Wright's comments came as he returned to the pulpit at the church where he was the pastor for more than three decades, the Trinity United Church of Christ on Chicago's South Side. The former pastor delivered the eulogy at Judge R. Eugene Pincham's funeral Saturday and fired back at some of his toughest critics while criticizing the news media. Audio of the eulogy was given to ABC7 Chicago by the Chicago Sun Times.
Pincham was a dear friend to Reverend Wright and a church member. During his eulogy, the former pastor and spiritual mentor to Barack Obama never mentioned the name of the Democratic presidential hopeful, but he did take the opportunity to fire back at those critical of some of his prior comments about America's promotion of terrorism and treatment of African-Americans.
"The founding fathers that gave birth to this nation planted slavery and white supremacy in the DNA of this republic, giving it what Condoleezza Rice calls a congenital birth defect. They had intelligence but no wisdom. Thomas Jefferson in his notes on Virginia said God would punish America for the sin of slavery. I guess that makes Thomas Jefferson unpatriotic," Reverend Wright said.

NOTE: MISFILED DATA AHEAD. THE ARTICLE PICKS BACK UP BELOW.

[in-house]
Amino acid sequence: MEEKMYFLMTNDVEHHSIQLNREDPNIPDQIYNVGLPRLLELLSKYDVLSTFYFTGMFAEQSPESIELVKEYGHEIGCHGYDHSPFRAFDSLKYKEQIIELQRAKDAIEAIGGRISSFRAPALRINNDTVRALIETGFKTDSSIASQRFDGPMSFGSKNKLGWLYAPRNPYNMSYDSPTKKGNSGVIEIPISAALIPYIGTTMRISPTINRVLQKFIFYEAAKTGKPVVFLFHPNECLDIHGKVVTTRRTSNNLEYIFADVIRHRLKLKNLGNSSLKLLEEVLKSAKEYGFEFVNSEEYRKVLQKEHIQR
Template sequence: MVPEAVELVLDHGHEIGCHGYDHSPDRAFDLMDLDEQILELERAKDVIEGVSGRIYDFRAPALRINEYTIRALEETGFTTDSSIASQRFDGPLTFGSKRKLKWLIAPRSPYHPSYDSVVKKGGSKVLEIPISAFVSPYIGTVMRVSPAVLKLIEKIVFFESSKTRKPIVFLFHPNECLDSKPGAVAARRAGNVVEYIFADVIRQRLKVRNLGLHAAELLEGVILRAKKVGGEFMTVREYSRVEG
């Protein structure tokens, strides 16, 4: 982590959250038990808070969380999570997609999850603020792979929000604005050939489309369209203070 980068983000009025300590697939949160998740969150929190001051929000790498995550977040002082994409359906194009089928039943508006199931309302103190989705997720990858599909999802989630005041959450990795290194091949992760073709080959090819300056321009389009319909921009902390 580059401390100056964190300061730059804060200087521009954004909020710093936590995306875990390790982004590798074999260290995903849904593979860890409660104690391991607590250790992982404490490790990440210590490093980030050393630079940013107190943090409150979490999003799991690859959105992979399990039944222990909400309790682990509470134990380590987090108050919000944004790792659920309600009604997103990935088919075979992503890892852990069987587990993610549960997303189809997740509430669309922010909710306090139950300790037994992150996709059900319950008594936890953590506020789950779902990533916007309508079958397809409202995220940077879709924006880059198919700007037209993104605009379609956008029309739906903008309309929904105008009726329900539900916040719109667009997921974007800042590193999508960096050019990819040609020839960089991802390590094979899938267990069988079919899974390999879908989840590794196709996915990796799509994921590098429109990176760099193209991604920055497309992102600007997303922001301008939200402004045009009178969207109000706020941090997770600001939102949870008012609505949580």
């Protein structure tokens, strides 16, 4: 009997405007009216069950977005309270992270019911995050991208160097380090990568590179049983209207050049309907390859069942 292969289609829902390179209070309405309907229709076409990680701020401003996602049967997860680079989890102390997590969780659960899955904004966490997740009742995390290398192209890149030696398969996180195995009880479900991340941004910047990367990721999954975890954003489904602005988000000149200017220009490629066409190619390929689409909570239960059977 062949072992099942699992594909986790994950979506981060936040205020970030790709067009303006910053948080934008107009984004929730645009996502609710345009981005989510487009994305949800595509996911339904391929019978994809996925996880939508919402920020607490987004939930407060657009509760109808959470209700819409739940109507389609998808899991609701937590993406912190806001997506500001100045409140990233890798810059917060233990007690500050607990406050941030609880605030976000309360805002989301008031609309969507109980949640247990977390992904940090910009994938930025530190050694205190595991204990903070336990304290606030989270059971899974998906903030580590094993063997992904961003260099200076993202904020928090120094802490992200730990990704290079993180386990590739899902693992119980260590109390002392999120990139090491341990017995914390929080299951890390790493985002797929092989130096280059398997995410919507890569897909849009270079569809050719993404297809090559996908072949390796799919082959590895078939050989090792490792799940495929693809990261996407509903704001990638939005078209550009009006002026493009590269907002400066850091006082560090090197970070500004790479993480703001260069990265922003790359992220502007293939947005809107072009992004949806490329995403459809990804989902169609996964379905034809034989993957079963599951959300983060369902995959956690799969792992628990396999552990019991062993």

Controversy erupted weeks ago after video clips of Wright's sermons including his views on race and the September 11th attacks surfaced on the Internet. The statements caused a political firestorm for the presidential campaign of Senator Obama, who attended Wright's church.
The reverend appeared to defend his comments while talking about the honest and integrity of Judge Pincham.
"You don't change who you are because of where you are. You don't stop telling the truth because it is not politically correct or makes a racist uncomfortable. You don't sell your birthright," Wright said. "You don't blame other folks for not fixing some of the problems in our own community that we can and need to fix ourselves."
During the service, Wright also used the pulpit to take issue with Fox News personalities Bill O'Reilly and Sean Hannity. When reflecting on how the late Pincham embraced those of all faiths, Wright slammed the political pundits, saying it was hard for them to understand how a person could love someone that does not believe as they do.
Sunday morning, Reverend Wright took the pulpit again inside a Virginia church and told the overflow crowd of worshipers, "Don't quote Jeremiah Wright. Quote Jesus."